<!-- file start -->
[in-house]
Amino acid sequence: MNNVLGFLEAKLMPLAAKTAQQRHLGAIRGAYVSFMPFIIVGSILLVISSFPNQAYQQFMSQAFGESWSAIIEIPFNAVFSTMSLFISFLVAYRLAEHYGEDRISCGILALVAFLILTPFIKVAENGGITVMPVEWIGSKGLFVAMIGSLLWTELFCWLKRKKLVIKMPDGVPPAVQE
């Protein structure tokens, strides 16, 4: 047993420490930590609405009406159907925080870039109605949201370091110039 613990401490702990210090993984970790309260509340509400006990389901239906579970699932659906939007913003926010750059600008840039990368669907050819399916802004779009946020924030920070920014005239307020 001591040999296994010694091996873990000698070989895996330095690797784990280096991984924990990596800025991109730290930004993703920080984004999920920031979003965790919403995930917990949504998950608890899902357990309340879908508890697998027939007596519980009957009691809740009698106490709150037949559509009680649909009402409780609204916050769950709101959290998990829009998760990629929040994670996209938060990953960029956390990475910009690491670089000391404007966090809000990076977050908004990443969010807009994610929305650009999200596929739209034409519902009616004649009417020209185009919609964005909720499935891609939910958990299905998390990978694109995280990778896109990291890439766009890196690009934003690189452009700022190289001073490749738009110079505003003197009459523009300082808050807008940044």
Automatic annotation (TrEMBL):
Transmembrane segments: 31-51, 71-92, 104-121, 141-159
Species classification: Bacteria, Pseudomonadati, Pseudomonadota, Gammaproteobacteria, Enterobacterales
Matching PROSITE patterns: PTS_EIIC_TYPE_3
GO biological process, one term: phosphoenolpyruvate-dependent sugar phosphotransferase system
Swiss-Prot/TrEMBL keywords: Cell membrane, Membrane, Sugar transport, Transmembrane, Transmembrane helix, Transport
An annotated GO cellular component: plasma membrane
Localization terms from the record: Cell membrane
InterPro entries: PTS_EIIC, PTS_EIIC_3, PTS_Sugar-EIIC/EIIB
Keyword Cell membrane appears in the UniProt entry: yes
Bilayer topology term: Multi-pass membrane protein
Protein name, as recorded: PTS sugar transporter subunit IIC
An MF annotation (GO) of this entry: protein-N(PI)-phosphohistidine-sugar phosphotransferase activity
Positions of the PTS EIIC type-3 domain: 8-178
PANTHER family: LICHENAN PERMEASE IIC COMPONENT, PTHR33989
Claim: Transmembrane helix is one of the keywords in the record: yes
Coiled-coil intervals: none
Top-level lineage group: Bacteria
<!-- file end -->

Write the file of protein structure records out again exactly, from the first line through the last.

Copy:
[in-house]
Amino acid sequence: MNNVLGFLEAKLMPLAAKTAQQRHLGAIRGAYVSFMPFIIVGSILLVISSFPNQAYQQFMSQAFGESWSAIIEIPFNAVFSTMSLFISFLVAYRLAEHYGEDRISCGILALVAFLILTPFIKVAENGGITVMPVEWIGSKGLFVAMIGSLLWTELFCWLKRKKLVIKMPDGVPPAVQE
């Protein structure tokens, strides 16, 4: 047993420490930590609405009406159907925080870039109605949201370091110039 613990401490702990210090993984970790309260509340509400006990389901239906579970699932659906939007913003926010750059600008840039990368669907050819399916802004779009946020924030920070920014005239307020 001591040999296994010694091996873990000698070989895996330095690797784990280096991984924990990596800025991109730290930004993703920080984004999920920031979003965790919403995930917990949504998950608890899902357990309340879908508890697998027939007596519980009957009691809740009698106490709150037949559509009680649909009402409780609204916050769950709101959290998990829009998760990629929040994670996209938060990953960029956390990475910009690491670089000391404007966090809000990076977050908004990443969010807009994610929305650009999200596929739209034409519902009616004649009417020209185009919609964005909720499935891609939910958990299905998390990978694109995280990778896109990291890439766009890196690009934003690189452009700022190289001073490749738009110079505003003197009459523009300082808050807008940044």
Automatic annotation (TrEMBL):
Transmembrane segments: 31-51, 71-92, 104-121, 141-159
Species classification: Bacteria, Pseudomonadati, Pseudomonadota, Gammaproteobacteria, Enterobacterales
Matching PROSITE patterns: PTS_EIIC_TYPE_3
GO biological process, one term: phosphoenolpyruvate-dependent sugar phosphotransferase system
Swiss-Prot/TrEMBL keywords: Cell membrane, Membrane, Sugar transport, Transmembrane, Transmembrane helix, Transport
An annotated GO cellular component: plasma membrane
Localization terms from the record: Cell membrane
InterPro entries: PTS_EIIC, PTS_EIIC_3, PTS_Sugar-EIIC/EIIB
Keyword Cell membrane appears in the UniProt entry: yes
Bilayer topology term: Multi-pass membrane protein
Protein name, as recorded: PTS sugar transporter subunit IIC
An MF annotation (GO) of this entry: protein-N(PI)-phosphohistidine-sugar phosphotransferase activity
Positions of the PTS EIIC type-3 domain: 8-178
PANTHER family: LICHENAN PERMEASE IIC COMPONENT, PTHR33989
Claim: Transmembrane helix is one of the keywords in the record: yes
Coiled-coil intervals: none
Top-level lineage group: Bacteria